Alissa Anderson and Kristen Immen, NC State University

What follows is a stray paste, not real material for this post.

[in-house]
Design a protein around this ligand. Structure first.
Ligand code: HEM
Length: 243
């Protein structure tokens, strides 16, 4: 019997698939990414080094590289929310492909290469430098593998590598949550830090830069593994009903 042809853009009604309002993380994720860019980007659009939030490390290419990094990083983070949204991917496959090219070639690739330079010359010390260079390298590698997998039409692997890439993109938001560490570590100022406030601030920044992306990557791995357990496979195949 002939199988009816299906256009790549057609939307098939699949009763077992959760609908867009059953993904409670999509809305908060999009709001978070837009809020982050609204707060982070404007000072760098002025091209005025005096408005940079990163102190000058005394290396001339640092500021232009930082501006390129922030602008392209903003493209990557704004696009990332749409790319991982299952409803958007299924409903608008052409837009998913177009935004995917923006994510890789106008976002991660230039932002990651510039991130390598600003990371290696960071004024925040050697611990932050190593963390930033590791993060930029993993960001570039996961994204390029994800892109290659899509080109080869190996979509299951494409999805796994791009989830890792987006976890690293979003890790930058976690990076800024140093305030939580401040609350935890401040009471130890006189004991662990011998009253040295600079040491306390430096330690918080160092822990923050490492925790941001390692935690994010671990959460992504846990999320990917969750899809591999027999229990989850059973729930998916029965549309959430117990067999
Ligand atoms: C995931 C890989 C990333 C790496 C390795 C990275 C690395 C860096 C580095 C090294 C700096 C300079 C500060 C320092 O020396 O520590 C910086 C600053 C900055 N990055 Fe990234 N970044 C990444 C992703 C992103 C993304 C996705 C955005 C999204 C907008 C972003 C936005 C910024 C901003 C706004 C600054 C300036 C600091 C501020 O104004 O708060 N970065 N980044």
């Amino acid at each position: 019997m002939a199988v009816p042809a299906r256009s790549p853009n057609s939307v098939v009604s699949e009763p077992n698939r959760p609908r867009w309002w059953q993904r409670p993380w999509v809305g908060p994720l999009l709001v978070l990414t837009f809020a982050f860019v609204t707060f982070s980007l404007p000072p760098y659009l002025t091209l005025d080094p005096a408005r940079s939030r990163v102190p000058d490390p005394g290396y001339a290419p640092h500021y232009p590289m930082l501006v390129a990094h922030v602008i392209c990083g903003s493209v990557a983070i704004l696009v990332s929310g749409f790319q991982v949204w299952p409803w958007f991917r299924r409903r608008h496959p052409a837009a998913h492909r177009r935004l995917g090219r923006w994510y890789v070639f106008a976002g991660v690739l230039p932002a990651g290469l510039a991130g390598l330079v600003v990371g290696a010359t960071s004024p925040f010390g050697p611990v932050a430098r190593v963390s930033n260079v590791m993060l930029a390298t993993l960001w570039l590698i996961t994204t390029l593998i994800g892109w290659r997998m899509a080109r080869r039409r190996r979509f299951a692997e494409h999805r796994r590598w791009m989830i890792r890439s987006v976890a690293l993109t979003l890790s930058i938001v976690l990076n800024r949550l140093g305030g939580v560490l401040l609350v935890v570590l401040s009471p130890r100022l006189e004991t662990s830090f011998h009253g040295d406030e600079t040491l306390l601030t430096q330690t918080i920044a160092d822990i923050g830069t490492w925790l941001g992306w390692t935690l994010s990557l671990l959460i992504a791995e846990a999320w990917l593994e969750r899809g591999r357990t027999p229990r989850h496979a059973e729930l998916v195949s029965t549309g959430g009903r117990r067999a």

The North Carolina Department of Environment and Natural Resources’ (NCDENR) principal goal is to preserve and protect our states’ natural resources. The organization works alongside similar agencies in order to implement programs to protect air quality, water quality and the general health of the public. The North Carolina Division of Water Quality (DWQ) is the agency responsible for statewide regulatory programs in surface water and groundwater protection. North Carolina is divided into seventeen river basins ranging from the Hiwassee in Western N.C. to the Pasquotank in the Northern coastline. Within the past decade, a somewhat baffling trend has been occurring with the pH of surface water in North Carolina that seems to be centralized in the Catawba River Basin near Charlotte. Despite efforts by the U. S. Environmental Protection Agency (USEPA) and NCDENR to reduce levels of compounds that create acid rain emissions, pH has become more acidic. Our client, Mr. Steve Kroeger from NCDENR-DWQ, has asked us to work towards pinpointing the cause of this interesting pH trend in North Carolina. Through the use of water quality databases such as the USEPA’s water pollution data base - STORET, alongside further research and communication with individuals associated with water quality, we hope to find a cause and potential solution to the rising acidity of surface water in our state. Other water quality markers including alkalinity, dissolved oxygen, heavy metals, turbidity and species analysis may lead to a possible explanation.